Looking for late snowstorm | SteamboatToday.com

Looking for late snowstorm

Ski area needs miracle from Mother Nature to break record

— The 10 inches of snow that fell on Thunderhead overnight Thursday wasn’t enough to topple the single-season snowfall record at the Steamboat Ski Area.

The record of 447.75 inches theoretically is still in play as skiers and snowboarders prepare for the final weekend of a memorable season. The ski area closes Sunday.

However, forecasts for mostly sunny skies and temperatures in the low 60s through the weekend make a final assault on the record books unlikely. As of Friday afternoon, the ski area was 18 inches shy of breaking the record set in 1996-97.

Record or not, skiers and riders will be talking about the seemingly endless powder days of the winter of 2005-06 for many seasons to come.

Ski patrolman Jeff Hirsch–boeck has been on the mountain for 37 years, and he said the consistent quality of the snow this winter was what made it noteworthy.

“To me, what made it stand out was that it was soft, cold, winter snow, and that feels so good on old knees,” Hirschboeck said. “There were so many snowy days where it stayed cool and stayed soft. We had days where 4 inches fell on top of snow the previous day followed by 3 inches the next day and 7 inches the next. That’s what people come to Colorado for.”

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The ski area’s season-to-date snowfall stood at 431 inches at mid-mountain as of Friday morning. That total is good enough for fourth place on Steamboat’s all-time list. Based on weekend forecasts, it seems unlikely the ski area will pile up the additional 10.5 inches needed to move past the winter of 1995-96 and into third place on the hit parade.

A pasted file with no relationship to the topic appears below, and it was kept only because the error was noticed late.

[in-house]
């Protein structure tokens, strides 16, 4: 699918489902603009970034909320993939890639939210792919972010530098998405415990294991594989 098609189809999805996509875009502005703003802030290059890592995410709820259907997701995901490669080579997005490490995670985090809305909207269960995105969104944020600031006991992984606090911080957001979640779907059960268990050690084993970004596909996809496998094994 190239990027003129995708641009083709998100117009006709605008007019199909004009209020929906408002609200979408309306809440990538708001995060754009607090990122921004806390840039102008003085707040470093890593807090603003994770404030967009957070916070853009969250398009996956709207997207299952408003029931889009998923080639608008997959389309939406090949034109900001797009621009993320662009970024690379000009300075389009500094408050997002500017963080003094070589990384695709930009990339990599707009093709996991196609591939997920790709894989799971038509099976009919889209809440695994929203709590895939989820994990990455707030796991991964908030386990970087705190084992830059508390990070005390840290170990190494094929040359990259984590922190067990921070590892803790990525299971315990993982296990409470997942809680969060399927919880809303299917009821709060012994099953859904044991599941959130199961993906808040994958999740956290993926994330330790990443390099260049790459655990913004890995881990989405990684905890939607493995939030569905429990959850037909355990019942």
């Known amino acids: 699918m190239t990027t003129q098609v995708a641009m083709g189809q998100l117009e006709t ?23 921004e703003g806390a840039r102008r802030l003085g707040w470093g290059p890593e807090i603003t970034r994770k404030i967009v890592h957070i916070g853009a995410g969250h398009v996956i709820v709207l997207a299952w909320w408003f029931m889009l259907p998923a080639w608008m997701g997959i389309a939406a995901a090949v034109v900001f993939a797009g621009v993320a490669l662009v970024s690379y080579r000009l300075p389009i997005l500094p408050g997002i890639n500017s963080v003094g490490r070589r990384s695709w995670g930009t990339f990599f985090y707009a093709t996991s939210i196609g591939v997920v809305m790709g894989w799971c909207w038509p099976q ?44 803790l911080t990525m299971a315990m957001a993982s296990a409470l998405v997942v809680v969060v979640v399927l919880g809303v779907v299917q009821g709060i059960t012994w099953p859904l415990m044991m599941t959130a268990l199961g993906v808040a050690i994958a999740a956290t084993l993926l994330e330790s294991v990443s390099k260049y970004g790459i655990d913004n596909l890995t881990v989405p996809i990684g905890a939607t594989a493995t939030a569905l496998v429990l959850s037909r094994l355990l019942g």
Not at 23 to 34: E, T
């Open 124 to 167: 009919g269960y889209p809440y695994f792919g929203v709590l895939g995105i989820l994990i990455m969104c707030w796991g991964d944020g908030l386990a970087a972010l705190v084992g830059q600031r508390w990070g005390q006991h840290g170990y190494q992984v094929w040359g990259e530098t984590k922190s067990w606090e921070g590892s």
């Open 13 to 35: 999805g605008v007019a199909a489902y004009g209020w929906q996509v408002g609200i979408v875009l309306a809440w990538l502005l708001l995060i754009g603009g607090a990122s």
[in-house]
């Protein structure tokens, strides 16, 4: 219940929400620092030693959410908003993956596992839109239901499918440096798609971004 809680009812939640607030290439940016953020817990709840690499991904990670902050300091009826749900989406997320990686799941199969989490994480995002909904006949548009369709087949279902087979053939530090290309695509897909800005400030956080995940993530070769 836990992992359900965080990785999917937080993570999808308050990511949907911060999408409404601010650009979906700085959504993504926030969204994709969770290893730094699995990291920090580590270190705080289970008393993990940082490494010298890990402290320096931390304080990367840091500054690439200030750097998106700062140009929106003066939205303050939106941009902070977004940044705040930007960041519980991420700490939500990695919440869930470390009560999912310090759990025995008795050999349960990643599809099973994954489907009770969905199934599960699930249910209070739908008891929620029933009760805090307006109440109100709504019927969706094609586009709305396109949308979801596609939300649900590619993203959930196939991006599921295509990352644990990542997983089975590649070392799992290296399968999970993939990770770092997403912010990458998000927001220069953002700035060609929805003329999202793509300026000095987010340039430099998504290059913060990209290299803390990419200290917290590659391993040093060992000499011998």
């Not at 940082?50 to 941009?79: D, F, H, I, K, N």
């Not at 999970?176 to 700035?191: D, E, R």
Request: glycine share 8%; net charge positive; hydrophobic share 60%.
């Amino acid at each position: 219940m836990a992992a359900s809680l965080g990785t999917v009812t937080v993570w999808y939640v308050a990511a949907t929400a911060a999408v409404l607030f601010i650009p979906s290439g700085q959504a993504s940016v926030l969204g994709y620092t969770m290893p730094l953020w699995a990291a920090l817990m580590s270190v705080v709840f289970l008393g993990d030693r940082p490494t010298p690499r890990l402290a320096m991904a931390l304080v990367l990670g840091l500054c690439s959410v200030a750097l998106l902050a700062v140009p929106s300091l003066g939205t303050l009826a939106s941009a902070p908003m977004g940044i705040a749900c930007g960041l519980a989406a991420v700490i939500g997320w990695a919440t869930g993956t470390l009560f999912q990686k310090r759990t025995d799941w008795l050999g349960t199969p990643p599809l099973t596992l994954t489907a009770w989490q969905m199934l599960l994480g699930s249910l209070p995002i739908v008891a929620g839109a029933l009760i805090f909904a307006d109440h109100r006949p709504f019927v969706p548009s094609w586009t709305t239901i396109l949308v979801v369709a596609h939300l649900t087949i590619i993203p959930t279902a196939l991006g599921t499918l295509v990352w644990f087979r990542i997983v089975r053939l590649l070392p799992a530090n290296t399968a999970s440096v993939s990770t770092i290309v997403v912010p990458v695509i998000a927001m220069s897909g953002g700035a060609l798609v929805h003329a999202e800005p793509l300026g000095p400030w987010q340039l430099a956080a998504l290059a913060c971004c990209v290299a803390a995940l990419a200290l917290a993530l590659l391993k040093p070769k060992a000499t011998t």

This season moved into fourth place Sunday, when 4 inches of snow bumped it past the total of 415.5 inches that fell during the season of 1992-93.

The convention observed among Colorado ski areas is to take official snow measurements at mid-mountain. Typically, however, annual snowfall is greater at the summit.

Jeremy Johnston works at One Stop Ski Shop, where the boss schedules his employees on half-day shifts so they have the option of skiing or riding every day.

“There were so many powder days,” Johnston said. “It seemed like the first 80 days of the season it was face shots every day.”

Primarily a snowboarder –ut sometimes a skier — Johnston recorded almost 100 days on the mountain this winter.

Ski area spokeswoman Heidi Thomsen said December — with 105 inches of snowfall at mid-mountain — was the snowiest month of the winter. It was bracketed by 83 inches in November and 95 inches in January.

Johnston said it was a morning in November that he will remember best.

“It was the Monday after opening day,” Johnston recalled. “I was at the top of Dropout when they dropped the rope. It was over my head the whole way down — just straight-lining down Dropout Bowl.”

Hirschboeck said that in spite of some periods of warm spring sunshine during the past month, the skiing has stayed good because of several abrupt returns to winter weather patterns.

“That, for me, is what made this an excellent season right to the end,” he said.

Season snowfall totals greater than 400 inches in the past 27 years:1. 1996-97 — 447.75 inches2. 1983-84 — 447.5 inches3. 1995-96 –41.25 inches4. 2005-06 –31 inches5. 1992-93 –15.5 inches